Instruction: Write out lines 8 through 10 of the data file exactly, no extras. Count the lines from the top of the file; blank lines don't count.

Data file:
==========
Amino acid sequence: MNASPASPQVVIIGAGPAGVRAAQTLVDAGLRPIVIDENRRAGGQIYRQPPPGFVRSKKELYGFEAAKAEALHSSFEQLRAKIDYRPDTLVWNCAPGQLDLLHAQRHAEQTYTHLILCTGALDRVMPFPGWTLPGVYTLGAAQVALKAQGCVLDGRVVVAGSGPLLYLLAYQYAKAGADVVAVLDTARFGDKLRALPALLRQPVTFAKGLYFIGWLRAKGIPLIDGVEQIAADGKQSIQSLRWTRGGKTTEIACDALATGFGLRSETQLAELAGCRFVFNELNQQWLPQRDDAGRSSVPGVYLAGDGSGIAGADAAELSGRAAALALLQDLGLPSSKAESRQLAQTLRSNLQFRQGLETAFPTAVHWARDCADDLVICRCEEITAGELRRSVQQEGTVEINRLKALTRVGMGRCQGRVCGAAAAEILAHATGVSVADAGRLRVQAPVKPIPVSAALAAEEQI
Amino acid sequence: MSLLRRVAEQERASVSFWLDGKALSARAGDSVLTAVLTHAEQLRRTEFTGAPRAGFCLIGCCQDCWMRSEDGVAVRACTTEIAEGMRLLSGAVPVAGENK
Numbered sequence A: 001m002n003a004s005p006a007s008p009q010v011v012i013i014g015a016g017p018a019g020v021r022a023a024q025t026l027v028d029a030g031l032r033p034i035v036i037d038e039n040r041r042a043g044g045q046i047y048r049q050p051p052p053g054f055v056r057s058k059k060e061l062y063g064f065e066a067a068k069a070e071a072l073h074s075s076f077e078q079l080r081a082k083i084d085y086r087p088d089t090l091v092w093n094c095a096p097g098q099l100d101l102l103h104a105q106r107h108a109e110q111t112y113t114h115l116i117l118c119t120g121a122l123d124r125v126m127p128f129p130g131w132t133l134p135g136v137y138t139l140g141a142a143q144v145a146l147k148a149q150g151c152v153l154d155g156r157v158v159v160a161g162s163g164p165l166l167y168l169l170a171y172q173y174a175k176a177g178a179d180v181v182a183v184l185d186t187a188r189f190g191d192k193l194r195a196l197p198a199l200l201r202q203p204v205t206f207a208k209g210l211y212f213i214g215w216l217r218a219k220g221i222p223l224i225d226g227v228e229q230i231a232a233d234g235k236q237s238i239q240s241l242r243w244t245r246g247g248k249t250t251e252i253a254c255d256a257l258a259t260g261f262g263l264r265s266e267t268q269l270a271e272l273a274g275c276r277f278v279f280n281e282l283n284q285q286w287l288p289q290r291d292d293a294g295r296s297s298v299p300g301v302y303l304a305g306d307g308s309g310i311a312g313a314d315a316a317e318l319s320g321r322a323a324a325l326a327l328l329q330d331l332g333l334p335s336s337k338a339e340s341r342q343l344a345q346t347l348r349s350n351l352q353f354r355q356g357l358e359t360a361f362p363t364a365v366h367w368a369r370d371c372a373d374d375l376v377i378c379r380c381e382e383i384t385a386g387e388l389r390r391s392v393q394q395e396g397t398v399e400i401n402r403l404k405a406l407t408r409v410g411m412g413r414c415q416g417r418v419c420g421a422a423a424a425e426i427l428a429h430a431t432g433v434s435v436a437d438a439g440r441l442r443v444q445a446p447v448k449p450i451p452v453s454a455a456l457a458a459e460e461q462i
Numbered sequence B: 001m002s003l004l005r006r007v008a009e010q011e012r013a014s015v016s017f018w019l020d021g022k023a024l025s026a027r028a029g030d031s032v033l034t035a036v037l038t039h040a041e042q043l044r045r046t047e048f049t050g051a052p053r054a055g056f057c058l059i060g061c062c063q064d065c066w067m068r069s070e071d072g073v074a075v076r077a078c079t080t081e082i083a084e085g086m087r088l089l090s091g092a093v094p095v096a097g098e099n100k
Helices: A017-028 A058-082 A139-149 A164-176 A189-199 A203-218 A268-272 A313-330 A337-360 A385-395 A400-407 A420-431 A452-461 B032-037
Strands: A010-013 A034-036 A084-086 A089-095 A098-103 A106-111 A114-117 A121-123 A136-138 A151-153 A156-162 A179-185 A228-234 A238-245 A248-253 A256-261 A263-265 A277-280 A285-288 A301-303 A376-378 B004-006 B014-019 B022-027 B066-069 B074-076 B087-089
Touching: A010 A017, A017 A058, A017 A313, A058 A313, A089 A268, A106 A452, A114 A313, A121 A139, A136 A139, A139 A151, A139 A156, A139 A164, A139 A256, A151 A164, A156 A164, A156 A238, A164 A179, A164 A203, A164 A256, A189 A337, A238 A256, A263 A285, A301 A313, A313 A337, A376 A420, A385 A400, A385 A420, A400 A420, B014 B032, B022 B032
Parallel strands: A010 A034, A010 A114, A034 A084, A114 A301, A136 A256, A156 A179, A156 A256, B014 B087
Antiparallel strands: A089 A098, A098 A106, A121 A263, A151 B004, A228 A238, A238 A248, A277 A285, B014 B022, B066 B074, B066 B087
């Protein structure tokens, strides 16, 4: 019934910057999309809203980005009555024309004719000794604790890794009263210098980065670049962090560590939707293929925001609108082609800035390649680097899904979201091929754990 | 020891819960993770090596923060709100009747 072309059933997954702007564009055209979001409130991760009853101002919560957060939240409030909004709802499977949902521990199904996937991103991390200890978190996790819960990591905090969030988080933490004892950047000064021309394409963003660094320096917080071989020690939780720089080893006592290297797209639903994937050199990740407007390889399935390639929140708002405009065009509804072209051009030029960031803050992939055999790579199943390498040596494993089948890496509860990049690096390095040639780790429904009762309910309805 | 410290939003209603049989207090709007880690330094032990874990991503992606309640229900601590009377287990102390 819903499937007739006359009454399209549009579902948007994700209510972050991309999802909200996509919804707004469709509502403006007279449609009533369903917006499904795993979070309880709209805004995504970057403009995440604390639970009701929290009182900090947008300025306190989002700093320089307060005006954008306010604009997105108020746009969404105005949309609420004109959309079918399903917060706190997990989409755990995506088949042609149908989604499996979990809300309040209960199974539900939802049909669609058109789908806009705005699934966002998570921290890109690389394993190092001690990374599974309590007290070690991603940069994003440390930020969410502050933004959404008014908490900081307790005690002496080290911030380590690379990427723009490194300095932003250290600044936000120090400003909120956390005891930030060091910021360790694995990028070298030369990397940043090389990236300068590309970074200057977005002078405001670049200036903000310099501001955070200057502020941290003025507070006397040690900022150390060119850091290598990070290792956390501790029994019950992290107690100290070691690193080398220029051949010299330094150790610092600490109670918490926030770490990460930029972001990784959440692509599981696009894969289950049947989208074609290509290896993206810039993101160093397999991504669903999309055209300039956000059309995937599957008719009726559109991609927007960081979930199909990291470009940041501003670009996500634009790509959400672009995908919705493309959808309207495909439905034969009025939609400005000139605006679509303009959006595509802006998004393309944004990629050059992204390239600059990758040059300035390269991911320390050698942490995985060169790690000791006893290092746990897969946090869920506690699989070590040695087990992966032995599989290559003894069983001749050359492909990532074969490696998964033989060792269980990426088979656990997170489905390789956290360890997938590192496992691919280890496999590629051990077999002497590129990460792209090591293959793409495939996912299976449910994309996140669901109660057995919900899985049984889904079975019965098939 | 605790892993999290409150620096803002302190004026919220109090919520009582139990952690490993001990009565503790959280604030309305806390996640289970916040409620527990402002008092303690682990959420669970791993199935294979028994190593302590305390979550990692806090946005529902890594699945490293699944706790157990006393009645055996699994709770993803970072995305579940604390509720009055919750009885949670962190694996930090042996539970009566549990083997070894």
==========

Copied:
Parallel strands: A010 A034, A010 A114, A034 A084, A114 A301, A136 A256, A156 A179, A156 A256, B014 B087
Antiparallel strands: A089 A098, A098 A106, A121 A263, A151 B004, A228 A238, A238 A248, A277 A285, B014 B022, B066 B074, B066 B087
């Protein structure tokens, strides 16, 4: 019934910057999309809203980005009555024309004719000794604790890794009263210098980065670049962090560590939707293929925001609108082609800035390649680097899904979201091929754990 | 020891819960993770090596923060709100009747 072309059933997954702007564009055209979001409130991760009853101002919560957060939240409030909004709802499977949902521990199904996937991103991390200890978190996790819960990591905090969030988080933490004892950047000064021309394409963003660094320096917080071989020690939780720089080893006592290297797209639903994937050199990740407007390889399935390639929140708002405009065009509804072209051009030029960031803050992939055999790579199943390498040596494993089948890496509860990049690096390095040639780790429904009762309910309805 | 410290939003209603049989207090709007880690330094032990874990991503992606309640229900601590009377287990102390 819903499937007739006359009454399209549009579902948007994700209510972050991309999802909200996509919804707004469709509502403006007279449609009533369903917006499904795993979070309880709209805004995504970057403009995440604390639970009701929290009182900090947008300025306190989002700093320089307060005006954008306010604009997105108020746009969404105005949309609420004109959309079918399903917060706190997990989409755990995506088949042609149908989604499996979990809300309040209960199974539900939802049909669609058109789908806009705005699934966002998570921290890109690389394993190092001690990374599974309590007290070690991603940069994003440390930020969410502050933004959404008014908490900081307790005690002496080290911030380590690379990427723009490194300095932003250290600044936000120090400003909120956390005891930030060091910021360790694995990028070298030369990397940043090389990236300068590309970074200057977005002078405001670049200036903000310099501001955070200057502020941290003025507070006397040690900022150390060119850091290598990070290792956390501790029994019950992290107690100290070691690193080398220029051949010299330094150790610092600490109670918490926030770490990460930029972001990784959440692509599981696009894969289950049947989208074609290509290896993206810039993101160093397999991504669903999309055209300039956000059309995937599957008719009726559109991609927007960081979930199909990291470009940041501003670009996500634009790509959400672009995908919705493309959808309207495909439905034969009025939609400005000139605006679509303009959006595509802006998004393309944004990629050059992204390239600059990758040059300035390269991911320390050698942490995985060169790690000791006893290092746990897969946090869920506690699989070590040695087990992966032995599989290559003894069983001749050359492909990532074969490696998964033989060792269980990426088979656990997170489905390789956290360890997938590192496992691919280890496999590629051990077999002497590129990460792209090591293959793409495939996912299976449910994309996140669901109660057995919900899985049984889904079975019965098939 | 605790892993999290409150620096803002302190004026919220109090919520009582139990952690490993001990009565503790959280604030309305806390996640289970916040409620527990402002008092303690682990959420669970791993199935294979028994190593302590305390979550990692806090946005529902890594699945490293699944706790157990006393009645055996699994709770993803970072995305579940604390509720009055919750009885949670962190694996930090042996539970009566549990083997070894």